Other common name(s): none (Note that there are several brand names for prescription forms of this supplement)
Scientific/medical name(s): K, K+, potassium chloride (KCl), potassium citrate, potassium acetate, potassium bicarbonate, potassium gluconate, potassium bicarbonate
Potassium is an essential mineral found in most foods. Along with sodium and calcium, potassium helps regulate major body functions, including normal heart rhythm, blood pressure, water balance in the body, digestion, nerve impulses, muscle contractions, and pH balance (the balance of acidity and alkalinity in the body). The body cannot make potassium on its own and must get it from foods. Potassium is found in foods such as apricots, potatoes, bananas, oranges, pineapples, green leafy vegetables, whole grains, beans, nuts, and lean meat. Most salt substitutes also contain large amounts of potassium. Potassium supplements may be prescribed by doctors for patients with imbalances in blood chemicals.
Potassium is a mineral that is required for the body to work normally. Most people get all the potassium they need from what they eat and drink. Available scientific evidence does not support claims that potassium supplements can prevent or treat cancer in humans. Excess potassium in the body can be toxic.
How is it promoted for use?
Some alternative medical practitioners maintain that low levels of potassium in the body may be linked to cancer, heart disease, high blood pressure, osteoporosis, depression, and schizophrenia. Some proponents claim that a diet high in sodium and low in potassium promotes tumor growth by changing the normal pH and water balance in human cells.
What does it involve?
Most foods contain potassium, so people usually get plenty of potassium from what they eat and drink. Normally, the kidneys control the level of potassium in the blood and get rid of excess in the urine. The Food and Nutrition Board of the National Academies of Sciences has set Adequate Intake of potassium at 4.7 grams per day for most adults. No upper limit was set for potassium intake from foods. Still, those with kidney disease, Addison's disease, or those taking certain blood pressure medicines may need to consume less than the Adequate Intake of potassium.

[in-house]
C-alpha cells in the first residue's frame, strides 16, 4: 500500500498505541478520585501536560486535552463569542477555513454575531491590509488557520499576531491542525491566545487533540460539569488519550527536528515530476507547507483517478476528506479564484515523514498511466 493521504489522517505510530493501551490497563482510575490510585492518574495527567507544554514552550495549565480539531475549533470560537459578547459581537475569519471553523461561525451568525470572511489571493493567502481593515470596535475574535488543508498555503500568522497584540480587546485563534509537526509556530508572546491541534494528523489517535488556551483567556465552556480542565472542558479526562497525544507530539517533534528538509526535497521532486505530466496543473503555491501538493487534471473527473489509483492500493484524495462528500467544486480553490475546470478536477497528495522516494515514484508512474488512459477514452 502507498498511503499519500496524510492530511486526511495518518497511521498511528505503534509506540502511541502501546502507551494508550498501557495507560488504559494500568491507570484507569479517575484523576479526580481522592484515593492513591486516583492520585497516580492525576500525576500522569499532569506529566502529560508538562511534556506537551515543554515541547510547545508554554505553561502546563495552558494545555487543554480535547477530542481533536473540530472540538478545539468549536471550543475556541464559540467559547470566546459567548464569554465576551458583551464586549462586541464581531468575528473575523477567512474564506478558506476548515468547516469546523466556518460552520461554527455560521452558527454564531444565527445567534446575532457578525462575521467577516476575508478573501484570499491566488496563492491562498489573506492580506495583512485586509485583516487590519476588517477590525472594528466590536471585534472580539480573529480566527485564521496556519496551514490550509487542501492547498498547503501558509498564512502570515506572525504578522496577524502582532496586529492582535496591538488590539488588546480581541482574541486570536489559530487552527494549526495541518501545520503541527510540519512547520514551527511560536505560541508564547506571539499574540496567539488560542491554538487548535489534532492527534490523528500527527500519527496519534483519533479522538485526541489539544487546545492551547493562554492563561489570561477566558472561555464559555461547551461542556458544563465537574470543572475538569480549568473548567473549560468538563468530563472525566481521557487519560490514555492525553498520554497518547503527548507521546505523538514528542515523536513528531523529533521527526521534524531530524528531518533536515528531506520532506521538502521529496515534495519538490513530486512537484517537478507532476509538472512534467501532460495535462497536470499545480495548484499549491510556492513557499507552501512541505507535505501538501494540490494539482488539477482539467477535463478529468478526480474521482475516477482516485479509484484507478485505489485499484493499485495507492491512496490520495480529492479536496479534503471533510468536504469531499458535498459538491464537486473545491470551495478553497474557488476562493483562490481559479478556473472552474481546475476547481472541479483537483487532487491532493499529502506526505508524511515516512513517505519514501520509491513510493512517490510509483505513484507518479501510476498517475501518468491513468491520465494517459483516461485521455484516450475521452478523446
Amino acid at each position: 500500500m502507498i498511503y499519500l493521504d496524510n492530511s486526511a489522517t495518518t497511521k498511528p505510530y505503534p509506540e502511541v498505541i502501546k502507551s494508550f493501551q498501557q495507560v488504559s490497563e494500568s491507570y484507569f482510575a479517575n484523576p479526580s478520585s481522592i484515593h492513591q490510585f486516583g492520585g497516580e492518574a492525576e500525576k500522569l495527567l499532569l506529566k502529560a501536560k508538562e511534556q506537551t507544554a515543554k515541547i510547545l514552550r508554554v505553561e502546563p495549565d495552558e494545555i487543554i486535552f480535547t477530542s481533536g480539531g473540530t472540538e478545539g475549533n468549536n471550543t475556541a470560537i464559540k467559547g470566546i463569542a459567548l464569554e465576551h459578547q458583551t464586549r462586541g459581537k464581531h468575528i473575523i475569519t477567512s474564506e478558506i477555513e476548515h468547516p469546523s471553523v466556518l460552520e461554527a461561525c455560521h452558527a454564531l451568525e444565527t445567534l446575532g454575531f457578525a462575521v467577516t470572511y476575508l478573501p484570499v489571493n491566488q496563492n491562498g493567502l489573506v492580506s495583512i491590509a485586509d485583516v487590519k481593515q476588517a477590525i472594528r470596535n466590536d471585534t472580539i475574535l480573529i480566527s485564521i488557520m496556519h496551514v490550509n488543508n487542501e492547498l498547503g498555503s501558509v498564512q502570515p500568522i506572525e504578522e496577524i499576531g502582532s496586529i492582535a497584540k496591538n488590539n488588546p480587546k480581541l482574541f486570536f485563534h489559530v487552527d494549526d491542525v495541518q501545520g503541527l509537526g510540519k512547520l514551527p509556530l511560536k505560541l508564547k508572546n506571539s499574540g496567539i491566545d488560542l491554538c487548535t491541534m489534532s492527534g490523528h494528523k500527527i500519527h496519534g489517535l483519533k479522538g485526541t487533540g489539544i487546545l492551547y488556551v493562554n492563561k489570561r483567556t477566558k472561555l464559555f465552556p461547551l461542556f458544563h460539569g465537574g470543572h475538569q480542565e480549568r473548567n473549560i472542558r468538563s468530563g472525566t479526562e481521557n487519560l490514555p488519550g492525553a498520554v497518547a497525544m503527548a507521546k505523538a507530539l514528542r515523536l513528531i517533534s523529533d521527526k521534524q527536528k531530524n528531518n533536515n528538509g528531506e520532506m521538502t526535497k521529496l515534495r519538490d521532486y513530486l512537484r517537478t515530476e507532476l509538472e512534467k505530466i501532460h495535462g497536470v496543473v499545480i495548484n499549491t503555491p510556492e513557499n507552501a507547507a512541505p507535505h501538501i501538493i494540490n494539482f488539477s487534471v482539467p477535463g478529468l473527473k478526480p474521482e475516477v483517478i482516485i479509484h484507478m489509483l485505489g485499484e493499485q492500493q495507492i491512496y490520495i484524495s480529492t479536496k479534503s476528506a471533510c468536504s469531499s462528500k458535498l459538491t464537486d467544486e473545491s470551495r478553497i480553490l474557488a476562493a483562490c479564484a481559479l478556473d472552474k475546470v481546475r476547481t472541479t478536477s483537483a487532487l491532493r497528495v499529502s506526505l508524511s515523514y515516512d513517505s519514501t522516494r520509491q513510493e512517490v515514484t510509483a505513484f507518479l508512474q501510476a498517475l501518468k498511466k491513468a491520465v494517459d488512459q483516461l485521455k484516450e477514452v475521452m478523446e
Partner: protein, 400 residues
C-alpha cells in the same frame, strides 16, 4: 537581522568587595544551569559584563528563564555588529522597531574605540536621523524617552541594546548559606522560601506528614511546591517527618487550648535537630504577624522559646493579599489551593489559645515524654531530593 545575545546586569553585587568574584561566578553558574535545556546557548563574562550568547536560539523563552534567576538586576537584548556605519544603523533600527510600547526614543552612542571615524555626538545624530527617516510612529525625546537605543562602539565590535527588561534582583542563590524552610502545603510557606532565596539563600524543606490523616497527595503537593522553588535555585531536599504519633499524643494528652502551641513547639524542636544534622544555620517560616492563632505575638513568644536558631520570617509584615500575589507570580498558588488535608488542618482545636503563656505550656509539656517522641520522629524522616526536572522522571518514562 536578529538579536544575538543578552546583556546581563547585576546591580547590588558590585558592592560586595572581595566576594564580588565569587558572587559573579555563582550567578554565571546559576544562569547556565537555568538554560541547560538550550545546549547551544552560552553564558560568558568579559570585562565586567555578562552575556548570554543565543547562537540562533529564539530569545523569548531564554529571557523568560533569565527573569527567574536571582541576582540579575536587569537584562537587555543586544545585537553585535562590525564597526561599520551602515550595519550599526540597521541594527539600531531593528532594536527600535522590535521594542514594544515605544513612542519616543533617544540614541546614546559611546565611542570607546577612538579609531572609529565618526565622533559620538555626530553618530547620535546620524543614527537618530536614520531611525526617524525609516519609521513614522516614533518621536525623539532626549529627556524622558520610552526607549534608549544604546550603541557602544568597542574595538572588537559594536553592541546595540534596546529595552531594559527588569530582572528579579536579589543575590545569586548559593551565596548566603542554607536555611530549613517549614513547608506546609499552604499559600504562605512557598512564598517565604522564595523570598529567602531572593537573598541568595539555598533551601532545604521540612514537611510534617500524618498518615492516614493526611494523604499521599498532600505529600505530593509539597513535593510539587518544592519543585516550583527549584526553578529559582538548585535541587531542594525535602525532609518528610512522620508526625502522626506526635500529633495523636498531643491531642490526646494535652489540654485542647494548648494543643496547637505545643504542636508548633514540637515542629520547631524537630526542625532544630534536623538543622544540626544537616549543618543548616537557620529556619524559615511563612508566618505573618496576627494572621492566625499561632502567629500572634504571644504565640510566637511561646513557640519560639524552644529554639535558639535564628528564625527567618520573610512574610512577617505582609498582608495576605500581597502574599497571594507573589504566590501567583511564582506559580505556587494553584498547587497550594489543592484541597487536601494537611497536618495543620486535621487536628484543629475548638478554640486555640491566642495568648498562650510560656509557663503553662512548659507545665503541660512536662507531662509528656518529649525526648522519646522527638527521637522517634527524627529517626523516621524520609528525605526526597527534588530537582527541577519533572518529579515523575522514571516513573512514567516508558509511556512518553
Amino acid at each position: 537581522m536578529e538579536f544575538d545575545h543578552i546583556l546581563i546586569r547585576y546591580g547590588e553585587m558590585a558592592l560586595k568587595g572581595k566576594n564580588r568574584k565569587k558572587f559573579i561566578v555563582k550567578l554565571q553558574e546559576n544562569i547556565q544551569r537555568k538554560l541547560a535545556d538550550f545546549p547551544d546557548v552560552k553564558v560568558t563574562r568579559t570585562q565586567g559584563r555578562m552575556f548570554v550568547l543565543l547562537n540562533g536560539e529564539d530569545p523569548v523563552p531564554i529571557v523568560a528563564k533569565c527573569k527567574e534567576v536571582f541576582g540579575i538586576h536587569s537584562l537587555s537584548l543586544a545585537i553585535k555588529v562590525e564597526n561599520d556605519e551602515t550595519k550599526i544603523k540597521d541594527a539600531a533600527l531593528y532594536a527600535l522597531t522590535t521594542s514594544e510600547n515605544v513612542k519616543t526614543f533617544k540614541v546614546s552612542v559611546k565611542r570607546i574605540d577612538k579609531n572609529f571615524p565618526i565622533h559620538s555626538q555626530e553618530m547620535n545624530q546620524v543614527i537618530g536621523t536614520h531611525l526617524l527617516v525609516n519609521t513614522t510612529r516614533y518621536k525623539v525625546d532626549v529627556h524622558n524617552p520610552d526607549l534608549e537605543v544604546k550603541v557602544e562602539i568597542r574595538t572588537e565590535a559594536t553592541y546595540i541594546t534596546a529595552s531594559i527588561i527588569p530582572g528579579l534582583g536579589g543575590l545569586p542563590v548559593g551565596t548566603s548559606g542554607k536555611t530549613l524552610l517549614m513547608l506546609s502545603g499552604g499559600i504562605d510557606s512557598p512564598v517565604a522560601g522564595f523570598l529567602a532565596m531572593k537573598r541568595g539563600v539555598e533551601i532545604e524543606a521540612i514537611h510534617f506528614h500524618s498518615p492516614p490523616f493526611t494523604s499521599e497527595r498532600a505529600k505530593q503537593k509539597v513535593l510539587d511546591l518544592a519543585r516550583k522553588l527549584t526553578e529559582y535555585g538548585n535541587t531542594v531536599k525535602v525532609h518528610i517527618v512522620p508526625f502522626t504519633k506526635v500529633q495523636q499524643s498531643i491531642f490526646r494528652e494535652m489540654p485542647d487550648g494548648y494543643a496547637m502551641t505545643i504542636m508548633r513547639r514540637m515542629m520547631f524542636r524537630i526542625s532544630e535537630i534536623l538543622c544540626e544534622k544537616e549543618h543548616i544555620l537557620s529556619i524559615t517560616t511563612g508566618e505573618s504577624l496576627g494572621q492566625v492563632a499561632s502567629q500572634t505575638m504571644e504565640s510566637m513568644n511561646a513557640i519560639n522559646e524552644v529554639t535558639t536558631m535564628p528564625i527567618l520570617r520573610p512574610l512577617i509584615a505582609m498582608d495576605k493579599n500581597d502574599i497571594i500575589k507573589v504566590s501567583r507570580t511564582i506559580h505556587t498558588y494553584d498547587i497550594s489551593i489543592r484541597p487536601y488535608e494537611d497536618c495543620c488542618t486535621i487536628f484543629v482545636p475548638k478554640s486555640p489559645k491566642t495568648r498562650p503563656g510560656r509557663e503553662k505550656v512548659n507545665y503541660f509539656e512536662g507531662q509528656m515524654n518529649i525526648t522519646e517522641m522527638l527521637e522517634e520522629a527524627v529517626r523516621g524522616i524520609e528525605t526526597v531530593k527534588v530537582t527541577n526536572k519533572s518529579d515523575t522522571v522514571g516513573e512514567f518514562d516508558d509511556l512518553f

Potassium supplements are needed only by those who have low levels of potassium in their blood, a condition known as hypokalemia. The causes of hypokalemia can include diarrhea and vomiting, diabetes, certain kidney diseases, excessive sweating, overuse of laxatives, and some types of diuretics. (Diuretics are drugs that remove water from the body through urine, or "water pills"). Use of potassium supplements can be dangerous unless carefully watched by health care providers. This may mean frequent blood tests to check potassium levels.
What is the history behind it?
In the 1930s, Max Gerson began developing a controversial dietary treatment for cancer known as the Gerson Diet Therapy (see Gerson Therapy). The cornerstone of his diet was the use of potassium supplements and low sodium intake. He claimed the diet could restore proper balance of salt and water within human cells and help stop tumor growth. However, this theory has not been supported by clinical or experimental data published in respected peer-reviewed journals.
What is the evidence?
Some animal and human studies have suggested that eating foods high in potassium and low in sodium might help prevent high blood pressure, or hypertension. Dietary Approaches to Stop Hypertension, also called the DASH diet, was designed to help control blood pressure. The DASH diet can reduce blood pressure and risk of heart disease. It mainly works through weight loss, reduced salt intake, moderation in drinking alcohol (for those who drink), and eating foods that are rich in potassium. These measures are especially helpful in older people and in African Americans, although the exact reasons are uncertain. For people who already have high blood pressure, these measures can be used along with medicines to gain better control over blood pressure. This can help reduce risk of stroke and heart attack.
Some studies that observe large groups of people have found that in a number of countries where there are high-potassium diets, cancer rates are lower. In areas where there are low-potassium diets, these studies showed the cancer rates are higher. These types of studies, however, do not prove a direct connection, because there are many other factors involved. A few of these studies of individual potassium intake (rather than national averages) have found links with cancer risk. However, the main sources of potassium in foods are fruits and vegetables. This may mean that people with a diet high in potassium are at lower risk for cancer because of other compounds in these foods. Since fruits and vegetables also contain vitamins, phytochemicals, and other antioxidants, it may be that compounds besides potassium account for their helpful effects. When researchers look at large groups with different lifestyles and habits, it is also possible that their findings can be explained by other factors that were not examined.